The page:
Jacob arrived on the heels of Esau, disqualifying him for both the birthright and the blessing. Hungry and impulsive by some accounts, Esau exchanged the birthright, which he possessed, for a bowl of lentil soup, which Jacob held. The blessing was later taken from Isaac and stolen from Esau by stratagem? Deceit? Necessity? Prophecy? If I were to ask Jacob and his mother Rebekah their motives I am certain they would invoke faith and its familiar-to-me narrative of control in a religious realm that preaches its opposite.
My earthly arrival saw me born in the covenant, inheriting both birthright and blessing by mere virtue of my parents’ choices before me. I chose nothing but received everything I never questioned: certainty and judgment. I inherited a system called faith, which system taught me to judge myself using a clearly-defined rubric of wrong and right, bad and good, wicked and worthy.
Control groups in experiments exist to prove the experiment works, to prove the effectiveness of that which is being controlled. In my case, it was me; I was in control by being controlled. It has been said that control, or rather the illusion of control, is the master addiction. My inheritance was that illusion: a system designed to manufacture the management of a life via stratagem? Deceit? Necessity? Prophecy? And call it faith.
I wasn’t selected for the experimental group of this grand life experiment. I was this week old when it occurred to me that my having filtered all my life’s decisions, choices, relationships, and paths through this system and its definitions is what is still — even after years into my self-removal from the familiarity of a lifetime of inherited internal control — positioning me against my Self and what I want to believe I believe. My mental versus my messaged definitions of what it means to be this soul having this human experience keep colliding.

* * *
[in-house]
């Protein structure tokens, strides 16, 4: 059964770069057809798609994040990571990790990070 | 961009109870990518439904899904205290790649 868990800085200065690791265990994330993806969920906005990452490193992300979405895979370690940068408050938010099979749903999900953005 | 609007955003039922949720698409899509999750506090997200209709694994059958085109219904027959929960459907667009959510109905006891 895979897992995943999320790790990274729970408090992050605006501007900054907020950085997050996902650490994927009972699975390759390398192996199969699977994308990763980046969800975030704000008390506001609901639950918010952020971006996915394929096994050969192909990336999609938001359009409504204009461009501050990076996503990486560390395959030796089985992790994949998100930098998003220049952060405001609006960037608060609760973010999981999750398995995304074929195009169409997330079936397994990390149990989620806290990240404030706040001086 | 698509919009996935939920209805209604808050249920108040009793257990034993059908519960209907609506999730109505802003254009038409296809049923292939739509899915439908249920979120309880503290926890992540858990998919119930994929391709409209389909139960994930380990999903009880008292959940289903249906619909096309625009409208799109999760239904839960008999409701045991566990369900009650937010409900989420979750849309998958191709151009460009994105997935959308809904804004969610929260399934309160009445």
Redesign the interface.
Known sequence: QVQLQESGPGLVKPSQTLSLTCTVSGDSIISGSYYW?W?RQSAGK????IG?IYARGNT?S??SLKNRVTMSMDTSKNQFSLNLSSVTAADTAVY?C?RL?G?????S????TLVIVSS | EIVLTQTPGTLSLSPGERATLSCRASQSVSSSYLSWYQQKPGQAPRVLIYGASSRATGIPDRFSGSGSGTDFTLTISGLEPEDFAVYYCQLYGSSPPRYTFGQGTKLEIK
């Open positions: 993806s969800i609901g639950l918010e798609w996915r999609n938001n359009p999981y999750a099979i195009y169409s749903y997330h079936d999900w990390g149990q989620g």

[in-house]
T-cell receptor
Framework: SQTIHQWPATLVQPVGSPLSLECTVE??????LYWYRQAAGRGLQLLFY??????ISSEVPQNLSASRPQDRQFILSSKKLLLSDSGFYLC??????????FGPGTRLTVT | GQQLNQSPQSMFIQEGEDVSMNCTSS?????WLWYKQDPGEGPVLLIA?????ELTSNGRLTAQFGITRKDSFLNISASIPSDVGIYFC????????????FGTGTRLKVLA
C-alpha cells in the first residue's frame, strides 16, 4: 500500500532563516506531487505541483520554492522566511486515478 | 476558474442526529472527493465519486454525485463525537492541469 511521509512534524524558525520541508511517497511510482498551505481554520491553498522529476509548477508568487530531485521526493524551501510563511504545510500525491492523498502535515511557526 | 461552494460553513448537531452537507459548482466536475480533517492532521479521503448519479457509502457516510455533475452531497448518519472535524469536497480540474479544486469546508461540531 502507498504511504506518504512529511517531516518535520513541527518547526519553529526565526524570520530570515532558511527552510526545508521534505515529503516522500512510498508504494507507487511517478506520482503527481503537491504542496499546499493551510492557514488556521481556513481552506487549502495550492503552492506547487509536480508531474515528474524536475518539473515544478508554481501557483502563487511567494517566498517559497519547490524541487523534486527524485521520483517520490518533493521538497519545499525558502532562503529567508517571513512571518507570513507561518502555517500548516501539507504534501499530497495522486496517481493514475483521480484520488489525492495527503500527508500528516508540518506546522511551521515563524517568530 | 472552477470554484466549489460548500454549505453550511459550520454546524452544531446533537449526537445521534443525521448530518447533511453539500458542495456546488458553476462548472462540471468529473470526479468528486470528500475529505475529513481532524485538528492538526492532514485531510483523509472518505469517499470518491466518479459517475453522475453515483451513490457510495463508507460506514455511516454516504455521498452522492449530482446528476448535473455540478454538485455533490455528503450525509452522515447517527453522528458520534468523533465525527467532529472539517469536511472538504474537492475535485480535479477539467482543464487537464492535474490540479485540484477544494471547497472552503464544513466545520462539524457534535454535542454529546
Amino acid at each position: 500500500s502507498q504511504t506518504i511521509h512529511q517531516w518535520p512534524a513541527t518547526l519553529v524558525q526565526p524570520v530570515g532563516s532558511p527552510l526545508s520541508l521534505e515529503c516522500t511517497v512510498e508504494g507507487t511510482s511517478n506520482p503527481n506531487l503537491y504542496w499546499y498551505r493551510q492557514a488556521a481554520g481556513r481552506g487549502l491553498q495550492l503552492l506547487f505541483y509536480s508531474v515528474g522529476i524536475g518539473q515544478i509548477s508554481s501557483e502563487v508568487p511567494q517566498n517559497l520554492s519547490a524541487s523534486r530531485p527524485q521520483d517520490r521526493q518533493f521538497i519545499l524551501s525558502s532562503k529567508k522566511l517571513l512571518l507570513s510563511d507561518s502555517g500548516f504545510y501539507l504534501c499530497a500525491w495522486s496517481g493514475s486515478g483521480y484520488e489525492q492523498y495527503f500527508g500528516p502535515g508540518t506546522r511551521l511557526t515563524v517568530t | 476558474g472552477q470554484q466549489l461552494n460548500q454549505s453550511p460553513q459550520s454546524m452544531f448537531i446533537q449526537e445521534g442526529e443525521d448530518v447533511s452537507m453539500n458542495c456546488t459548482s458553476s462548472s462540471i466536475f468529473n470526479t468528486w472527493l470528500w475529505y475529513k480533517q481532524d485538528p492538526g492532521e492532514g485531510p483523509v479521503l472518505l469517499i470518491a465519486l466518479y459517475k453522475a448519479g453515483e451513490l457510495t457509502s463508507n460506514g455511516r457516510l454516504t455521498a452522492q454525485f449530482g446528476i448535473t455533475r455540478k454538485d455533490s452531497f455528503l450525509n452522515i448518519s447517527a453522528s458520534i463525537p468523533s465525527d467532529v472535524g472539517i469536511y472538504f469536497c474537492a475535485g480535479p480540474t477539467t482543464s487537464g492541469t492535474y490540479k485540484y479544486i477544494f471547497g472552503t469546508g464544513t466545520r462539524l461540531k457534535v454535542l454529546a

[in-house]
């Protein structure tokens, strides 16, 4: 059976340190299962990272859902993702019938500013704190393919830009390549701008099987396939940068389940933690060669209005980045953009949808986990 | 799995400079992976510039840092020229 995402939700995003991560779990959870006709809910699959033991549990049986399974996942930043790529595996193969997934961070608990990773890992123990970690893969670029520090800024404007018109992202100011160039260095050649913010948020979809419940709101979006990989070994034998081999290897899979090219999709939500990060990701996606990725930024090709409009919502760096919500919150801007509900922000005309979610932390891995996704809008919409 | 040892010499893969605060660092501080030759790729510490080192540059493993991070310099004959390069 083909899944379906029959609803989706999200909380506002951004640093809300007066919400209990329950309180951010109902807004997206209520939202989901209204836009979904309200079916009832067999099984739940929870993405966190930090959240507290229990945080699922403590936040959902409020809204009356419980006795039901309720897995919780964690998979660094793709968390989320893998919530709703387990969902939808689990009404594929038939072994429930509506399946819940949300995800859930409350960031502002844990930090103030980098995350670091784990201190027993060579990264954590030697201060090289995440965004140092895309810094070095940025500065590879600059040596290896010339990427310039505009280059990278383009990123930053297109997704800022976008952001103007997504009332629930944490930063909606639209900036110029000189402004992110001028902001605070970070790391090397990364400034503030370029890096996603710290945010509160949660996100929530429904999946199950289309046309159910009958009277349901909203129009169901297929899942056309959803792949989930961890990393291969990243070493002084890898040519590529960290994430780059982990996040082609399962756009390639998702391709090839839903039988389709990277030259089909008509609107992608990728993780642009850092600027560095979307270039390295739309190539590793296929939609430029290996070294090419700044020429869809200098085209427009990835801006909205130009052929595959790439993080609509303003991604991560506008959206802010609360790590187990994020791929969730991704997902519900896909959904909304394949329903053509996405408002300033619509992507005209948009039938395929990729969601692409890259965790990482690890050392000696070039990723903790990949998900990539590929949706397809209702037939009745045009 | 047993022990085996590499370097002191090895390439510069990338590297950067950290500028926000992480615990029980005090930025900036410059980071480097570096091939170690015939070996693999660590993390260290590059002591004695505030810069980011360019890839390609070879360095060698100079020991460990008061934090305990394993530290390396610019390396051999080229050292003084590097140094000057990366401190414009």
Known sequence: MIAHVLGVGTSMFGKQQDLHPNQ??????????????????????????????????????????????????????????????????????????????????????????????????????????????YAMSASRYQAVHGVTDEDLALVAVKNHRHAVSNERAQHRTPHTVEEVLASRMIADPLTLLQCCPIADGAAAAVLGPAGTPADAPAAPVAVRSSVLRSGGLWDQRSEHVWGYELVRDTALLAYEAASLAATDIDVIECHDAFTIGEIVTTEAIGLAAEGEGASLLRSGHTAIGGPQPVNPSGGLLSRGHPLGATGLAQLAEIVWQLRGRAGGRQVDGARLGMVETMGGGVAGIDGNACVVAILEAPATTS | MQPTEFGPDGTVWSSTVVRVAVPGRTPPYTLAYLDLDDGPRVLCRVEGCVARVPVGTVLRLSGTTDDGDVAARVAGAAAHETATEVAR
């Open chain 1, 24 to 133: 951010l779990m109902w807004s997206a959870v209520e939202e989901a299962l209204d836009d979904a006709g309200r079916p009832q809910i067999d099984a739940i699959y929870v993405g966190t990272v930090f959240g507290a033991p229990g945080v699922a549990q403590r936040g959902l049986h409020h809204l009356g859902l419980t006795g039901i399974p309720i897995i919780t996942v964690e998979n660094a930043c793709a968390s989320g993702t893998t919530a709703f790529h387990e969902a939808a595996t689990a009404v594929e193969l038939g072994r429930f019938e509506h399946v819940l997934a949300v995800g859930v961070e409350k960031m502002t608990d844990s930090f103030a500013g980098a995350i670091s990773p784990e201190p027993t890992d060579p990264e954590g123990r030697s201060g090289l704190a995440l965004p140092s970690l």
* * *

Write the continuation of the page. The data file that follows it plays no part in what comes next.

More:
These collisions ignite an internal inquisition rivaled in extremes I imagine to the infamous inquisitions of religious history — the confrontations, the rooting out, and the castigation of those found guilty of heresy. Heresy falls squarely in my inherited system’s definition of wrong, bad, and wicked. Colliding with my Self is a sin.
Where is my Jacob offering me his bowl of lentil soup? I would happily trade in exchange for an orthodoxy that exists as a relief to this control that is my birthright. Believe me when I tell you there is nothing impulsive about my love and longing for lentil soup.